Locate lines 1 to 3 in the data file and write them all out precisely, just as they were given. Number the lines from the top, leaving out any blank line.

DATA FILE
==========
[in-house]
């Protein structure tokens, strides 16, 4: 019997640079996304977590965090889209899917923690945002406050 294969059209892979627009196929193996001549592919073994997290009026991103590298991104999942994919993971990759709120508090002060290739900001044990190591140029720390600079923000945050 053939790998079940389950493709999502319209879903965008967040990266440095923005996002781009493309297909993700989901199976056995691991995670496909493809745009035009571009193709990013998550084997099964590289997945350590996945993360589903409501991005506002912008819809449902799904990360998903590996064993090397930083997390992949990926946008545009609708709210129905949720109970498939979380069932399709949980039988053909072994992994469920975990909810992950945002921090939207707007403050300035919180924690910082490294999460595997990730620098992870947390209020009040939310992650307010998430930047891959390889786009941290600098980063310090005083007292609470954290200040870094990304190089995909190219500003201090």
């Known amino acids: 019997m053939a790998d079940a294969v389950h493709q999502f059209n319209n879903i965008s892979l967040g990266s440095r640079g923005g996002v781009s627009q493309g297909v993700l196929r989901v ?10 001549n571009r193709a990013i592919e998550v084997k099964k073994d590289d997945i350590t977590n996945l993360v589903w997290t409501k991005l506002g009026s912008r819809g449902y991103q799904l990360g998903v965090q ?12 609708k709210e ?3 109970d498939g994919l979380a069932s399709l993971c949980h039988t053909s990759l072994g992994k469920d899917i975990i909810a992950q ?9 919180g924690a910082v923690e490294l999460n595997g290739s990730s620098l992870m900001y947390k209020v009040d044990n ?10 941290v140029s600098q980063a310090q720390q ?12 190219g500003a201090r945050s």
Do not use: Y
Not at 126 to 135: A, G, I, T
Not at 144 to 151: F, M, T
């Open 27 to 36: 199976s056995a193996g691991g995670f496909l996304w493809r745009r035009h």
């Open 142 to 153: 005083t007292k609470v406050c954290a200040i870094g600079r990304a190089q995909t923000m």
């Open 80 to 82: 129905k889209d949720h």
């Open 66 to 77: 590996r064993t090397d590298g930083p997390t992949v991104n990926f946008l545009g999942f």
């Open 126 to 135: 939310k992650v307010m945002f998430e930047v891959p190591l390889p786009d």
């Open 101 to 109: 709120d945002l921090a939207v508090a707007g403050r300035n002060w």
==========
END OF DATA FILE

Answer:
[in-house]
């Protein structure tokens, strides 16, 4: 019997640079996304977590965090889209899917923690945002406050 294969059209892979627009196929193996001549592919073994997290009026991103590298991104999942994919993971990759709120508090002060290739900001044990190591140029720390600079923000945050 053939790998079940389950493709999502319209879903965008967040990266440095923005996002781009493309297909993700989901199976056995691991995670496909493809745009035009571009193709990013998550084997099964590289997945350590996945993360589903409501991005506002912008819809449902799904990360998903590996064993090397930083997390992949990926946008545009609708709210129905949720109970498939979380069932399709949980039988053909072994992994469920975990909810992950945002921090939207707007403050300035919180924690910082490294999460595997990730620098992870947390209020009040939310992650307010998430930047891959390889786009941290600098980063310090005083007292609470954290200040870094990304190089995909190219500003201090």
């Known amino acids: 019997m053939a790998d079940a294969v389950h493709q999502f059209n319209n879903i965008s892979l967040g990266s440095r640079g923005g996002v781009s627009q493309g297909v993700l196929r989901v ?10 001549n571009r193709a990013i592919e998550v084997k099964k073994d590289d997945i350590t977590n996945l993360v589903w997290t409501k991005l506002g009026s912008r819809g449902y991103q799904l990360g998903v965090q ?12 609708k709210e ?3 109970d498939g994919l979380a069932s399709l993971c949980h039988t053909s990759l072994g992994k469920d899917i975990i909810a992950q ?9 919180g924690a910082v923690e490294l999460n595997g290739s990730s620098l992870m900001y947390k209020v009040d044990n ?10 941290v140029s600098q980063a310090q720390q ?12 190219g500003a201090r945050s």